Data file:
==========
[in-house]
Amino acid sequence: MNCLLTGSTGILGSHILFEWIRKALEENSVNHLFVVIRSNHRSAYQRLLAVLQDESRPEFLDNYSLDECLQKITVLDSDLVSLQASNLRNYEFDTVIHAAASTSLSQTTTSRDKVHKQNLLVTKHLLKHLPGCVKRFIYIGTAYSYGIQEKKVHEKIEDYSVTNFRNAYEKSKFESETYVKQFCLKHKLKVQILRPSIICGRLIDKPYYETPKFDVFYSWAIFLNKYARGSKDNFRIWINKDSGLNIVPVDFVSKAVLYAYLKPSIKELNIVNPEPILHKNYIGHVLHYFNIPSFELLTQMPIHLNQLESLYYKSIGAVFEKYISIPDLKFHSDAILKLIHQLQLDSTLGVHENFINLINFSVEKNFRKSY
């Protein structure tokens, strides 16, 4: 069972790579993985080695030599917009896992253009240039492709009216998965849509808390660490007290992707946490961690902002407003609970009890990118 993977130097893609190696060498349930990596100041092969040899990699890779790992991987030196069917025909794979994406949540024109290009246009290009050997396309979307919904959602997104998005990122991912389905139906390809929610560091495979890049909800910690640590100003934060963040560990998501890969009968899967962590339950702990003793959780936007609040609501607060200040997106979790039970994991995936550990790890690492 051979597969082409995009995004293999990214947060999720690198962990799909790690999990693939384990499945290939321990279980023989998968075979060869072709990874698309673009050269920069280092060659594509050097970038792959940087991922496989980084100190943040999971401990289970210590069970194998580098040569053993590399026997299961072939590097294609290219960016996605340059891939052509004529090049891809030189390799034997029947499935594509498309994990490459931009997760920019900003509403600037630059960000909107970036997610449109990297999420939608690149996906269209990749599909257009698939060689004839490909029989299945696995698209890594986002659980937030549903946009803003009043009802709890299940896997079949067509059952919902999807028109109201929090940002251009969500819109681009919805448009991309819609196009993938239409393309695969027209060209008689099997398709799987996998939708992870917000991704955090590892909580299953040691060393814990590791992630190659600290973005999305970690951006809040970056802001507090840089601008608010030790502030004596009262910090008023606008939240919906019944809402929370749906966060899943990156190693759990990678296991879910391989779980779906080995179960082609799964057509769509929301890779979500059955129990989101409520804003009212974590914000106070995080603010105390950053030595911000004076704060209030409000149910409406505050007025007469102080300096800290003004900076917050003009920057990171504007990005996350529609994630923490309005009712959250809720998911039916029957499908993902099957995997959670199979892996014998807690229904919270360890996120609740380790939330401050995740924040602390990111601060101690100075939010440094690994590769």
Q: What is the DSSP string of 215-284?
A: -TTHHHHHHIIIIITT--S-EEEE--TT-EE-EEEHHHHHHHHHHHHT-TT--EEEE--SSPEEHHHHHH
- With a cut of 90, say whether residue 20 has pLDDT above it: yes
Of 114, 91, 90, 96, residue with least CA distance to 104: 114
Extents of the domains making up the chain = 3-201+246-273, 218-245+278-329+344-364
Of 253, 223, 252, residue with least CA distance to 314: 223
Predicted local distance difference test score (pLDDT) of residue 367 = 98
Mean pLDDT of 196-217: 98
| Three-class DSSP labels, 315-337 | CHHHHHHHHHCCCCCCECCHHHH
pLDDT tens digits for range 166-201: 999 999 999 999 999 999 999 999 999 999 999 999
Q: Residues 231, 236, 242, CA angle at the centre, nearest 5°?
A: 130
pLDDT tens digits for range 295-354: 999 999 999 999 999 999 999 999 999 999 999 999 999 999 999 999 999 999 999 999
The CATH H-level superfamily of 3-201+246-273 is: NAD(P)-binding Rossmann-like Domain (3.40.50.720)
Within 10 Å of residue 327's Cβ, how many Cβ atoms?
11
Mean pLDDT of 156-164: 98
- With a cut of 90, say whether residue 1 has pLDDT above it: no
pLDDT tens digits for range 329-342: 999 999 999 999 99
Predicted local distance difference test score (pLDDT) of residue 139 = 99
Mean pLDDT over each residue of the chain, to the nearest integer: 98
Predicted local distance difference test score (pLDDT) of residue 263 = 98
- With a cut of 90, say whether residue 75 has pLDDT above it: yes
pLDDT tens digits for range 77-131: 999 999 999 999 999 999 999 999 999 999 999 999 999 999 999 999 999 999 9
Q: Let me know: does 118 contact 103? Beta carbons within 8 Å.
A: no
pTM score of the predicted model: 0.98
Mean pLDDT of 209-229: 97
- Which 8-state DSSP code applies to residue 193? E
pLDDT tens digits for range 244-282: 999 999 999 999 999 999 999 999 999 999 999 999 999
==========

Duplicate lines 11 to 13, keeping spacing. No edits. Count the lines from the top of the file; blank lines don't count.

Mean pLDDT of 196-217: 98
| Three-class DSSP labels, 315-337 | CHHHHHHHHHCCCCCCECCHHHH
pLDDT tens digits for range 166-201: 999 999 999 999 999 999 999 999 999 999 999 999